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Why we can’t trust academic journals to tell the scientific truth

Academic journals don’t select the research they publish on scientific rigour alone. So why aren’t academics taking to the streets about this?

Hundreds of thousands of scientists took to streets around the world in April. “We need science because science tells the truth. We are those who can fight the fake news,” a friend who participated in one of the March for Science rallies told me. I really wish this were true. Sadly, much evidence suggests otherwise.

The idea that the same experiment will always produce the same result, no matter who performs it, is one of the cornerstones of science’s claim to truth. However, more than 70% of the researchers (pdf), who took part in a recent study published in Nature have tried and failed to replicate another scientist’s experiment. Another study found that at least 50% of life science research cannot be replicated. The same holds for 51% of economics papers (pdf).

The findings of these studies resonate with the gut feeling of many in contemporary academia – that a lot of published research findings may be false. Just like any other information source, academic journals may contain fake news.

Some of those who participate in the March For Science movement idealise science. Yet science is in a major crisis. And we need to talk about this instead of claiming that scientists are armed with the truth.

Ninety-seven per cent of March For Science participants (pdf) want policymakers to consider scholarly evidence when drafting their policies. I, too, used to think that influencing policymakers was part of a modern academic’s job description. Now I am less confident in the validity of many research findings.

There are multiple reasons for the replication crisis in academia – from accidental statistical mistakes to sloppy peer review. However, many scholars agree (pdf) that the main reason for the spread of fake news in scientific journals is the tremendous pressure in the academic system to publish in high-impact journals.

These high-impact journals demand novel and surprising results. Unsuccessful replications are generally considered dull, even though they make important contributions to scientific understanding. Indeed, 44% of scientists (pdf) who carried out an unsuccessful replication are unable to publish it.

I have personal experience of this: my unsuccessful replication of a highly cited study has just been rejected by a high-impact journal. This is problematic for my career, since my contract as an assistant professor details exactly how many papers I need to publish per year and what kind of journals to target. If I meet these performance indicators, my career advances. If I fail to meet them, my contract will be terminated 19 months from now.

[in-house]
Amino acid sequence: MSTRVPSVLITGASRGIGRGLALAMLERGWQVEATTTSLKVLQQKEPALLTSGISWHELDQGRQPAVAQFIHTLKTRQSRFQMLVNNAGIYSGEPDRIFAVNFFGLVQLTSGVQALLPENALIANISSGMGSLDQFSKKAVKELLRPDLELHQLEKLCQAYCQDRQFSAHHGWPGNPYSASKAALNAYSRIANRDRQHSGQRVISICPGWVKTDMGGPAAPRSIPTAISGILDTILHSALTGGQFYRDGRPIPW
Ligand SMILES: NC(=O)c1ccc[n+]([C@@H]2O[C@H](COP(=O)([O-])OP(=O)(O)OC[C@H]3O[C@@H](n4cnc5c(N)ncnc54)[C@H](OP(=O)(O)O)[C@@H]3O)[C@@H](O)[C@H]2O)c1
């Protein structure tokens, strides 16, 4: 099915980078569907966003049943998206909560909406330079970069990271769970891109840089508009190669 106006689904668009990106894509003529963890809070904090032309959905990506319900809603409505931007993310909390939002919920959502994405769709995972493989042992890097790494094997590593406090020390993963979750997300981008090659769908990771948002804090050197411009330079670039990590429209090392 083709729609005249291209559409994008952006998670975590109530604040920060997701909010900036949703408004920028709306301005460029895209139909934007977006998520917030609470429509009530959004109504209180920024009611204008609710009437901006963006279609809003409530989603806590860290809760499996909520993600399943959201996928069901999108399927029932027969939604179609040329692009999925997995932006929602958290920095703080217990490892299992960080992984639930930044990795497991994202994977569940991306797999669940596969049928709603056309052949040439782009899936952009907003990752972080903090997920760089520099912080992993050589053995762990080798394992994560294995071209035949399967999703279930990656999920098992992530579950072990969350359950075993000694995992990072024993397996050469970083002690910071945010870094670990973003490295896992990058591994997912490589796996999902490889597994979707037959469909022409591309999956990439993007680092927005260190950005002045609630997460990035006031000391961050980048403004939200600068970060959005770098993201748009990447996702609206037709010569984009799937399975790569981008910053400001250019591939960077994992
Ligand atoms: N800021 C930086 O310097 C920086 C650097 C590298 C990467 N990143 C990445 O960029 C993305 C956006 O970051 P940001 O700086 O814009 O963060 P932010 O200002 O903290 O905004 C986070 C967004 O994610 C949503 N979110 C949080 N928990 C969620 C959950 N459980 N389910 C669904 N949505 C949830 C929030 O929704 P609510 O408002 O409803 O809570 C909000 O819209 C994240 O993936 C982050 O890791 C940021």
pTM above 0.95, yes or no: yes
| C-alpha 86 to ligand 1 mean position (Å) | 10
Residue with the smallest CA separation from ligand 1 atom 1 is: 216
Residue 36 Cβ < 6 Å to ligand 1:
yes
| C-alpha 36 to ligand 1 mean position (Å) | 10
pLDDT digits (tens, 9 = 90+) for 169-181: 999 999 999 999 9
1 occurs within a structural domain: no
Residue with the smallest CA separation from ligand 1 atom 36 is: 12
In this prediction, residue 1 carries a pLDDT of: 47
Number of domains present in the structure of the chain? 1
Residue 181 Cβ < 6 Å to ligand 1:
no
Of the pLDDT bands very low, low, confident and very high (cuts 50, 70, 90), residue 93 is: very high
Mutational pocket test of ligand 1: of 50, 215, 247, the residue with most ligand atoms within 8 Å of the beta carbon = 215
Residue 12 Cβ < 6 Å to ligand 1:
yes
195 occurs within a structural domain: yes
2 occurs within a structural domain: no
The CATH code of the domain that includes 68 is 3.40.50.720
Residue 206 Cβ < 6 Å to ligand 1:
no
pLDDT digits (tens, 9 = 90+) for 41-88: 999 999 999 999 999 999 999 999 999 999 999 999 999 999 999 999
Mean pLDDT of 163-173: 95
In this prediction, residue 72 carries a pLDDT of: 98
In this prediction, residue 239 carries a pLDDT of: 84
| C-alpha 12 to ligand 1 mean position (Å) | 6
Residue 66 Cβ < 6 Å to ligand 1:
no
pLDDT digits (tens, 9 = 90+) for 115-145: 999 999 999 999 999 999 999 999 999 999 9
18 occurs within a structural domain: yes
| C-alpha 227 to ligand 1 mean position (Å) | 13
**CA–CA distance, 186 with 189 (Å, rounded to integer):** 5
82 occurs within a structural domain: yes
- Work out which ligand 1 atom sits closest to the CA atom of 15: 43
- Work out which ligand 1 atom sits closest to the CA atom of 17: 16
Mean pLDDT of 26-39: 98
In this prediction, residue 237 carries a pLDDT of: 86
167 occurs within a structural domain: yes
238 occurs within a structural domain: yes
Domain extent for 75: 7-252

This up-or-out policy encourages scientific misconduct. Fourteen per cent of scientists (pdf) claim to know a scientist who has fabricated entire datasets, and 72% say they know one who has indulged in other questionable research practices such as dropping selected data points to sharpen their results.

The solution to this crisis is not to abandon performance indicators such as the number of papers published in high-impact journals. Universities are large and complex organisations and require indicators to manage themselves. Yet overreliance on performance indicators neglects that scientific discovery is not only the result of academic competence, but also of pure chance.

Scientists usually prefer to attribute discoveries to their academic competence. One study estimated, though, that up to 50% of all scientific discoveries may be the result of chance. Consider that the pacemaker, safety glass, artificial sweetener and plastic were all discovered by chance.

We need a system of rewarding academics that acknowledges that good research doesn’t necessarily always produce the best discoveries. Those who fail to produce surprising results need to be able to publish the dull but worthwhile ones in high-impact journals. And academic careers also need to advance if one excels in teaching, but fails to hit a winning streak in research for a few years.

Slowly, this is being recognised within academia. For instance, the online platform Preclinical Reproducibility and Robustness specialises in the publication of replication studies in the life sciences. In the Netherlands, where I work, several universities also offer career tracks towards a professorship for academics that are outstanding lecturers. But many more of these initiatives are needed.

Scholars complain these days that trust in science is in decline. But there are good reasons for it. If we scientists take to the streets to claim we are armed with the truth, only further disillusionment will follow. When it comes to the future of science, we may need to do less marching and more talking among ourselves about how to improve our academic processes.